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'The Oromo Students Protest Movement for Justice and Democracy and Violent Repression by the Ethiopian Government.

By/ Beekan Guluma Erena

Posted  20/11/2015

The history tells us our world passed upwards in which students directly protest and overthrown the dictatorships. In1918 the students of the National University of Cordoba, Argentina, demand a modernization and democratization of their University. Their protests and strikes lead to the intervention of the national army. The protest movement finally succeeds and brings about the so-called University Revolution, a reform of the universities including University autonomy and secular education. The protest movement inspired many similar protests and reforms in Latin America. In 1930A decade of ongoing student protests in Cuba is peaking in a massive student demonstration on September 30 in which the leader of the University Student Directorate, Rafael Trejo, gets fatally wounded by the police. In 1953-59 Cuban Revolution leading to the ouster of President Fulgencio Batista and the takeover of Fidel Castro’s revolutionary government. Competing student-based groups such as the Revolutionary Directorate, the Federation of University Students, and the Revolutionary Nationalist Movement play a crucial role in the revolution. Castro’s own organization, the 26 of July Movement, was largely composed of former student activists. In 1956 on October 23, students march to Radio Budapest in order to broadcast their demands which include independence and the withdrawal of Soviet troops from Hungary. They are denied entry and the police open fire to disperse the crowds. This is the beginning of the Hungarian Revolution of 1956 that is crushed by the military intervention of the Soviet Union in November of the same year.

In 1956 Following the events in Hungary, student protests are Organized in many Romanian cities. A large gathering of Students at University Square in Bucharest is scheduled for November 5. In the night of November 4, troops of the Ministries of the Interior occupy University Square and the initiators of the gathering get arrested. In 1954-62 Algerian Revolution leading to Algeria’s independence and the end of French colonial rule. The Algerian Revolution largely influenced later student and anti-colonial struggles all over the world in both practical and theoretical terms, especially through the work of political theorist Frantz Fanon. In 1960 Large-scale student protests erupt in Japan against renewing the US-Japanese security treaty AMPO. In the course of the events, 60 residents of Niijima try to bar the landing of US troops travelling to a missile testing site. In 1960 April Revolution overthrows the autocratic First Republic of South Korea under Dictator Syngman Rhee. The uprising is led by student and labor groups. In a huge protest march on April 19 from Korea University to the Blue House, residence of South Korea’s head of state, the protesters outnumbered the soldiers who killed 200 students. On April 26, Syngman Rhee is forced to resign. In 1962 Student protests against the Shah at the University of Teheran are dispersed violently. In 1968 on March 8 about 1500 students protest at Warsaw University against the ban of the performance of a play by Adam Mickiewicz. The protests were answered with violent attacks by the police but spread all over Poland within the next days including student strikes and a call for a general strike. The protests were countered with massive state repression.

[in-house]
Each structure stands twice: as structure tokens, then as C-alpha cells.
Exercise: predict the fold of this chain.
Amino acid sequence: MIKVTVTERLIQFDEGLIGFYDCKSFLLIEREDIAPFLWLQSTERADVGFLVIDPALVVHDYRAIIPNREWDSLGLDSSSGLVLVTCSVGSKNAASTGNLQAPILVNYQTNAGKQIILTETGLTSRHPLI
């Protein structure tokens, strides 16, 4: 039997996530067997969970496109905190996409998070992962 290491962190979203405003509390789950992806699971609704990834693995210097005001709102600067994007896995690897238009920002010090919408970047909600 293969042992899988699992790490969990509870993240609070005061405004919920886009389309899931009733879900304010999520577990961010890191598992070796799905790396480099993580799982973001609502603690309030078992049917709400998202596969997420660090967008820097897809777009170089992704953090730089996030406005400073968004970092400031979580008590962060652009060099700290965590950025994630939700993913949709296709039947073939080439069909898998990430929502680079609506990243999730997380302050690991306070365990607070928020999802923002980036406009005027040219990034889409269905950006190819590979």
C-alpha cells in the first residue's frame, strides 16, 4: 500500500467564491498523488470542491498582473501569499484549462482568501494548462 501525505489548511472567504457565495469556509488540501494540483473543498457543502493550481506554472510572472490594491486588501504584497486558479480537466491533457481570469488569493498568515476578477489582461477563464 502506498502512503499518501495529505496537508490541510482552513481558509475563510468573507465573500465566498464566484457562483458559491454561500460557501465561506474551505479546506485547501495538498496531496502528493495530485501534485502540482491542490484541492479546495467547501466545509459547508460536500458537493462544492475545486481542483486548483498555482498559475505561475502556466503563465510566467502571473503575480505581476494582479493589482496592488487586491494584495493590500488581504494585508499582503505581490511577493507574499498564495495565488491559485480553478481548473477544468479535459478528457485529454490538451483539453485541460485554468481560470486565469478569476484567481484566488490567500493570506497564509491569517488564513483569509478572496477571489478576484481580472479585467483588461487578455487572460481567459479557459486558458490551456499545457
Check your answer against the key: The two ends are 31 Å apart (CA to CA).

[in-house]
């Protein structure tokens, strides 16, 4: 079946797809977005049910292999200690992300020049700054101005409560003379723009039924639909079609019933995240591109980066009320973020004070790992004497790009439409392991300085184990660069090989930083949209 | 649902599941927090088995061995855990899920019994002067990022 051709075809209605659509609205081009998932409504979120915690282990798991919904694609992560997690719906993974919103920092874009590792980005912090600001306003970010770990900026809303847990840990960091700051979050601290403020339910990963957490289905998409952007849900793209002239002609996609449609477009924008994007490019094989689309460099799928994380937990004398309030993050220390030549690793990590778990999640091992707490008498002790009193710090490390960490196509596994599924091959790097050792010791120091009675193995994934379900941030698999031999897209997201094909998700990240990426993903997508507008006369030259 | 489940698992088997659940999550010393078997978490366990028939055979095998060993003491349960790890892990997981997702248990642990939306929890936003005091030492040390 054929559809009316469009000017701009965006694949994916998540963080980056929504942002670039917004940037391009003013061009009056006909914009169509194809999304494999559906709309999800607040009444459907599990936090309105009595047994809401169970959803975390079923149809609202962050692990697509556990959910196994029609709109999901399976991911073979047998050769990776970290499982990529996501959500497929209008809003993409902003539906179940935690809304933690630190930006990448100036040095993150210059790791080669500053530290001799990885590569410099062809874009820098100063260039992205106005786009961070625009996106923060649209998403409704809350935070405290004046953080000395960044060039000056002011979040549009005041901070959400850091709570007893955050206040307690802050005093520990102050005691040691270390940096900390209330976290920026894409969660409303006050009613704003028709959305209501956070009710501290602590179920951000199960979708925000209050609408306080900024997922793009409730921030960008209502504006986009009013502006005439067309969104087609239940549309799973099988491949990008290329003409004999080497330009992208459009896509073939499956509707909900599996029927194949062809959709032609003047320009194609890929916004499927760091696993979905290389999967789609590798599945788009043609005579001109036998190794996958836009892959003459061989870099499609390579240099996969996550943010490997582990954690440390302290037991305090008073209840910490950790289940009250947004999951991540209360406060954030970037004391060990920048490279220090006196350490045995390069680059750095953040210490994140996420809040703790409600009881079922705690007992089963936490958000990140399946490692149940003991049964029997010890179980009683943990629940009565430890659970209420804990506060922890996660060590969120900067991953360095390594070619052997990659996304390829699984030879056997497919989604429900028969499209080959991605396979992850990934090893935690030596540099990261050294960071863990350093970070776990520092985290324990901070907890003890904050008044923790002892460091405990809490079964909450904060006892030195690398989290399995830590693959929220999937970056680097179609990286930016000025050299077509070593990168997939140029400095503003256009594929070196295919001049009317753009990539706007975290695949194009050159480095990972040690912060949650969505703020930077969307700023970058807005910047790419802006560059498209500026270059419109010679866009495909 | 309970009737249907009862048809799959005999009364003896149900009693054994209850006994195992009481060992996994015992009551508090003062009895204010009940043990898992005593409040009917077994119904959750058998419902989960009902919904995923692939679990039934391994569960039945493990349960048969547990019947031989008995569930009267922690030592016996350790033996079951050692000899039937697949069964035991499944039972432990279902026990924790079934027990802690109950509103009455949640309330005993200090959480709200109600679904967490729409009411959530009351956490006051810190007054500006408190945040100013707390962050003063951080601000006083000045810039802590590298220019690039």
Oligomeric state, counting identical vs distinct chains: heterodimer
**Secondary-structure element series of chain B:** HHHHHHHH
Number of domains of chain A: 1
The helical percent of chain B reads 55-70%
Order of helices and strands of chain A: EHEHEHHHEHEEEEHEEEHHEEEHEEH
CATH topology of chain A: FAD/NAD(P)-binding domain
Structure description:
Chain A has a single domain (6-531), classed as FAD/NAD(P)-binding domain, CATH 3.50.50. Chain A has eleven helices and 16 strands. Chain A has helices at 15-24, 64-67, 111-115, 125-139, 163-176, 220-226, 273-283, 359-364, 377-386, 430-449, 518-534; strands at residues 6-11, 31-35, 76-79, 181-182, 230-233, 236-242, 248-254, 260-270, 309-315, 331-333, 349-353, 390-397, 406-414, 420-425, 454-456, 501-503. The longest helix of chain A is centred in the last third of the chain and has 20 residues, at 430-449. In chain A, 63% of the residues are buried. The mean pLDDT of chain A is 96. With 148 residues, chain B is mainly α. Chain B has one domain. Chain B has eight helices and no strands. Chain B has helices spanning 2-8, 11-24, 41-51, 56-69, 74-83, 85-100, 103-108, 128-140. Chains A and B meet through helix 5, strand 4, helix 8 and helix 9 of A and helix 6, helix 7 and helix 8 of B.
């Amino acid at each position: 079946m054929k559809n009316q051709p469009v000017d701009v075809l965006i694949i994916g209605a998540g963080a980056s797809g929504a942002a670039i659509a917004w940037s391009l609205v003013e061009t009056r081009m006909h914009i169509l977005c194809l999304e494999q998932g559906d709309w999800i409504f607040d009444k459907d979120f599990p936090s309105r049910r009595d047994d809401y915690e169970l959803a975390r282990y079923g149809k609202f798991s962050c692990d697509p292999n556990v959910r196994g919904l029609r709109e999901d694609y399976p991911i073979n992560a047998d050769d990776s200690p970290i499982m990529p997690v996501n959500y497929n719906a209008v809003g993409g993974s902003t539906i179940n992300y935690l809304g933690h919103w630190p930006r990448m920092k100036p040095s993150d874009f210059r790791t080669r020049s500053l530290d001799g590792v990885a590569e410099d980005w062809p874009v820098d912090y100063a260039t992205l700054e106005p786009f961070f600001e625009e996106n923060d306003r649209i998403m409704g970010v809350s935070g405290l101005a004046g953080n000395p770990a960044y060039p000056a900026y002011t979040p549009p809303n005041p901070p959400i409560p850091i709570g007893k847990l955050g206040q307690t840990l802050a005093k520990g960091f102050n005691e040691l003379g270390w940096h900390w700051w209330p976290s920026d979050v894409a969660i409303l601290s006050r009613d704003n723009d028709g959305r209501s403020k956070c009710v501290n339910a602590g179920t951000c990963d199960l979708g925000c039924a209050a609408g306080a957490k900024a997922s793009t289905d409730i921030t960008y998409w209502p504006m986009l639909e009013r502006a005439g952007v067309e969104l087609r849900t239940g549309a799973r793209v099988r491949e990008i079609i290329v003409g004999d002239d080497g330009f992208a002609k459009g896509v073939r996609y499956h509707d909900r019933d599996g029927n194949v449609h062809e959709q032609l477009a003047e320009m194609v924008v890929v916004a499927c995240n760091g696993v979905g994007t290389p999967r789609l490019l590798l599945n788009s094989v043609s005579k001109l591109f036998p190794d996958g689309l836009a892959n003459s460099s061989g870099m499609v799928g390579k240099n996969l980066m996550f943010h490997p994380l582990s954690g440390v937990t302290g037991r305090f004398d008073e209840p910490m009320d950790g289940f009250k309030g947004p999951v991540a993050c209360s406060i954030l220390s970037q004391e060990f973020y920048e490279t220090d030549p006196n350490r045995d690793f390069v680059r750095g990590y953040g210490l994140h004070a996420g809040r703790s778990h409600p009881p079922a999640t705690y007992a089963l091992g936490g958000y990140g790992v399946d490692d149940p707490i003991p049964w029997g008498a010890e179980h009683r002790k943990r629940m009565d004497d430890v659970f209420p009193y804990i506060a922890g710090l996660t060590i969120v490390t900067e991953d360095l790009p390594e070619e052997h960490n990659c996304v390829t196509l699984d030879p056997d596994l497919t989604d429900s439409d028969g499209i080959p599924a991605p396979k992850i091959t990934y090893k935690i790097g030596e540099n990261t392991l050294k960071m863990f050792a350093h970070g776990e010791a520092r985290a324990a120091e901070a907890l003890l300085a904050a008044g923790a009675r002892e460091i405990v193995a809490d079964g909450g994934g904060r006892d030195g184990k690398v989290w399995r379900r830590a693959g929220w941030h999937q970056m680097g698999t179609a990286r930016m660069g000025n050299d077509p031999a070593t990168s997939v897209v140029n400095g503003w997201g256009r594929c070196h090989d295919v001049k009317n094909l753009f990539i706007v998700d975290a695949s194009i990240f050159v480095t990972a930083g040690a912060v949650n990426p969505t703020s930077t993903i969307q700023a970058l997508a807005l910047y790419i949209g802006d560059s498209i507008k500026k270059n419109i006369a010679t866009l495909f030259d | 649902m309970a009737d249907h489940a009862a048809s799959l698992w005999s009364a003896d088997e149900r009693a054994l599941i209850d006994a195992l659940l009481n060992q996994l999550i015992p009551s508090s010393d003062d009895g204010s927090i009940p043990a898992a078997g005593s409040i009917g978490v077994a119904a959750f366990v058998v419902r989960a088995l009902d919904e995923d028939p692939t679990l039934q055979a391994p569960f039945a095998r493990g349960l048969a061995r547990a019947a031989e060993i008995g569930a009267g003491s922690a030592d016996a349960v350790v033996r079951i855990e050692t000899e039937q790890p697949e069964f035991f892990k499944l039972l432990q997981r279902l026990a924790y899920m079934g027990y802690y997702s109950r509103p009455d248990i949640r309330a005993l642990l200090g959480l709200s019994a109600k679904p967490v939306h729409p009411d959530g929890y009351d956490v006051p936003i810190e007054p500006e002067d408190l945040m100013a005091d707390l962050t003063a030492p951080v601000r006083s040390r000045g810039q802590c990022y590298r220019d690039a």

In 1968 March of the One Hundred Thousand in Rio de Janeiro on June 26, 1968. The march was organized by the student Movement to protest against the Brazilian Military Dictatorship. Artists, intellectuals and other citizens joined the march. In 1968 The night of July 2 student protests erupt in Belgrade directed against the privileged treatment of youth members of the Communist party. The events of the night are followed by a protest march to the city center and the occupation of the Philosophy and Sociology faculties. Tito succeeds in defusing the situation by an appeasing speech. On October 2 1968 in Tlatelolco Massacrein students gather for the largest demonstration at the Plaza de las TresCulturas in Mexico city following the massive repression of student protests earlier that year, including the army’s occupation of the University. Around 15 000 students gather at the plaza when the military and police surround the plaza and open fire. Several hundred students are killed. In 1969 on January 16, student Jan Palach sets himself on fire in Prague to protest against the military suppression of the Prague Spring by armed forces of the Warsaw Pact invading the country to halt the liberal reforms put forward by Alexander Dubcek, new First Secretary of the Communist Party.